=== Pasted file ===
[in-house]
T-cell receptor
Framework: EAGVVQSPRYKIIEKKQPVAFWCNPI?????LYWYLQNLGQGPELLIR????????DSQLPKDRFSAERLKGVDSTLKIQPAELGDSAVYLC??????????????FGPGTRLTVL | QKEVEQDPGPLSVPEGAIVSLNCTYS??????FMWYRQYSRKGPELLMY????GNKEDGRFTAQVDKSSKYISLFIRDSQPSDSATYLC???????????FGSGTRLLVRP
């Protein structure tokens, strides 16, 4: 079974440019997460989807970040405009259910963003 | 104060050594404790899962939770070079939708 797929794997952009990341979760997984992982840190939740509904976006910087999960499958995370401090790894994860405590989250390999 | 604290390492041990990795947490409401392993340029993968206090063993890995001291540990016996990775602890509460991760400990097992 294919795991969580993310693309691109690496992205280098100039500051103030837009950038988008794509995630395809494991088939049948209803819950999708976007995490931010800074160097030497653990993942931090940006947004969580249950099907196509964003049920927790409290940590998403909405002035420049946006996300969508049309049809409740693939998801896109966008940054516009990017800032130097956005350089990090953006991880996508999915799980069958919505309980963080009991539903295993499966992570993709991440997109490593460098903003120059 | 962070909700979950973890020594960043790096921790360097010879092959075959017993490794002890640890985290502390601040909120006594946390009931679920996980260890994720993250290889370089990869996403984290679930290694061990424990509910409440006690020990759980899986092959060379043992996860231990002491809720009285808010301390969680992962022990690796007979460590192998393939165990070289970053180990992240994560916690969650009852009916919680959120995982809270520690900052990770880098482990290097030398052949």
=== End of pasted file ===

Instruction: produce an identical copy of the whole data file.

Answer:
[in-house]
T-cell receptor
Framework: EAGVVQSPRYKIIEKKQPVAFWCNPI?????LYWYLQNLGQGPELLIR????????DSQLPKDRFSAERLKGVDSTLKIQPAELGDSAVYLC??????????????FGPGTRLTVL | QKEVEQDPGPLSVPEGAIVSLNCTYS??????FMWYRQYSRKGPELLMY????GNKEDGRFTAQVDKSSKYISLFIRDSQPSDSATYLC???????????FGSGTRLLVRP
């Protein structure tokens, strides 16, 4: 079974440019997460989807970040405009259910963003 | 104060050594404790899962939770070079939708 797929794997952009990341979760997984992982840190939740509904976006910087999960499958995370401090790894994860405590989250390999 | 604290390492041990990795947490409401392993340029993968206090063993890995001291540990016996990775602890509460991760400990097992 294919795991969580993310693309691109690496992205280098100039500051103030837009950038988008794509995630395809494991088939049948209803819950999708976007995490931010800074160097030497653990993942931090940006947004969580249950099907196509964003049920927790409290940590998403909405002035420049946006996300969508049309049809409740693939998801896109966008940054516009990017800032130097956005350089990090953006991880996508999915799980069958919505309980963080009991539903295993499966992570993709991440997109490593460098903003120059 | 962070909700979950973890020594960043790096921790360097010879092959075959017993490794002890640890985290502390601040909120006594946390009931679920996980260890994720993250290889370089990869996403984290679930290694061990424990509910409440006690020990759980899986092959060379043992996860231990002491809720009285808010301390969680992962022990690796007979460590192998393939165990070289970053180990992240994560916690969650009852009916919680959120995982809270520690900052990770880098482990290097030398052949």